Stretching from the ancient Chinese capital of Xian across the expanses of Central Asia to Rome, the Silk Road was, for 1,500 years, a vibrant network of arteries that carried the lifeblood of nations across the world. Along a multitude of routes everything was exchanged: exotic goods, art, knowledge, religion, philosophy, disease and war. From the East came silk, precious stones, tea, jade, paper, porcelain, spices and cotton; from the West, horses, weapons, wool and linen, aromatics, entertainers and exotic animals. From its earliest beginnings in the days of Alexander the Great and the Han dynasty, the Silk Road expanded and evolved, reaching its peak during the Tang dynasty and the Byzantine Empire and gradually withering away with the decline of the Mongol Empire.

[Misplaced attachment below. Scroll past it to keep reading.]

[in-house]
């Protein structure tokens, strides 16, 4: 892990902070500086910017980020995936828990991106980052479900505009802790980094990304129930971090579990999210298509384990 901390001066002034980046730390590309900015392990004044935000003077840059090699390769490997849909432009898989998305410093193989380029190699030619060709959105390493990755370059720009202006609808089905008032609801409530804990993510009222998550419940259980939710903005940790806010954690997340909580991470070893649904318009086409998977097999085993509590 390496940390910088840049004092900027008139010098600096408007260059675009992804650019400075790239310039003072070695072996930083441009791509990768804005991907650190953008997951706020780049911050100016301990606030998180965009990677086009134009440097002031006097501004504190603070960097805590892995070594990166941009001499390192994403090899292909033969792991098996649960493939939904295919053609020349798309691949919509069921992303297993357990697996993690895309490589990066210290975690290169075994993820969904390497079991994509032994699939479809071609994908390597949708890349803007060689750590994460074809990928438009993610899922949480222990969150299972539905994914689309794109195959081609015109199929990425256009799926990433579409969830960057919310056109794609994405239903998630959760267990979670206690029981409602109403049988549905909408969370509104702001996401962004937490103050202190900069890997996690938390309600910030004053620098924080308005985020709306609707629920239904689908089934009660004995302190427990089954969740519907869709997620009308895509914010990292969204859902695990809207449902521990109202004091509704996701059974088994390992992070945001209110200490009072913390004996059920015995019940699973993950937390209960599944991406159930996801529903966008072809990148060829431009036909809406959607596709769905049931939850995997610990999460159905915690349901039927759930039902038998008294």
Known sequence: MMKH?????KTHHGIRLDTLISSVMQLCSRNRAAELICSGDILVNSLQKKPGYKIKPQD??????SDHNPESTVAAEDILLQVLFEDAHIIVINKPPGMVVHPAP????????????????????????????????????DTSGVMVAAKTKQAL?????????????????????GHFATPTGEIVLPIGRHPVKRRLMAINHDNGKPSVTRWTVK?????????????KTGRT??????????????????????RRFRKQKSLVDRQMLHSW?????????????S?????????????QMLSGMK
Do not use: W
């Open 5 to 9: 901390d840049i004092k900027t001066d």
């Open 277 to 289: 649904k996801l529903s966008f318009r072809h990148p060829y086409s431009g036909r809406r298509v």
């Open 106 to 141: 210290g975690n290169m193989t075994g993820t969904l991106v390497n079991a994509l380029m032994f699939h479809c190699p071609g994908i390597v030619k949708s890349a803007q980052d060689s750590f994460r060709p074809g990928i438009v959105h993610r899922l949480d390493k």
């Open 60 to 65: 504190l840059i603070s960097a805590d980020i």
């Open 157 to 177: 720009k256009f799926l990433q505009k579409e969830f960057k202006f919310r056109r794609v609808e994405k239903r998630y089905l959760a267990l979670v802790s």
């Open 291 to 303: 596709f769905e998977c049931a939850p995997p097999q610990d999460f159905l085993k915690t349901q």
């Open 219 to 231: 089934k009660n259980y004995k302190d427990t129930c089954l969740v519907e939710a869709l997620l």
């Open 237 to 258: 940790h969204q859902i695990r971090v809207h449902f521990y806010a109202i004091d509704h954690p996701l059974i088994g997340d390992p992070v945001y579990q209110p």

In this beautifully illustrated book, which covers the Central Asian section of the Silk Road - from Lake Issyk-kul through Tashkent, Samarkand, Bukhara, the Kyzyl Kum Desert, Khiva and Merv to Herat, Kabul and Iran - Jonathan Tucker uses travellers' anecdotes and a wealth of literary and historical sources to celebrate the cultural heritage of the countries that lie along the Silk Road and illuminate the lives of those who once travelled through the very heart of the world.